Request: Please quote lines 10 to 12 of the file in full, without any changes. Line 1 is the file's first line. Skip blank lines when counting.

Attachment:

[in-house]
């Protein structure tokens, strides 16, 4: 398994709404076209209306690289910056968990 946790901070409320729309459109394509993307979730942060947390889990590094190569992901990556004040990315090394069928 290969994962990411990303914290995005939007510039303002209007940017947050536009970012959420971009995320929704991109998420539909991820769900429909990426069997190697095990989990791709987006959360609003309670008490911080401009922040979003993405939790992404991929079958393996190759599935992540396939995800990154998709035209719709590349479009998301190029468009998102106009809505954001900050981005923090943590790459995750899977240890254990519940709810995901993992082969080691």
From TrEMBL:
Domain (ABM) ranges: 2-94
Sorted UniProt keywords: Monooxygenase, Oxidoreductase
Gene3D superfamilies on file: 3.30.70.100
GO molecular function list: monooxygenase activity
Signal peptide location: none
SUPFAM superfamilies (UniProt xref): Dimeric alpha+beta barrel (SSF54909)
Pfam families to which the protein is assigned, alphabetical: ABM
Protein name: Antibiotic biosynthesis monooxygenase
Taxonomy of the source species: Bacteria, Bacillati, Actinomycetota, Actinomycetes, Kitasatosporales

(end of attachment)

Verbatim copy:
Pfam families to which the protein is assigned, alphabetical: ABM
Protein name: Antibiotic biosynthesis monooxygenase
Taxonomy of the source species: Bacteria, Bacillati, Actinomycetota, Actinomycetes, Kitasatosporales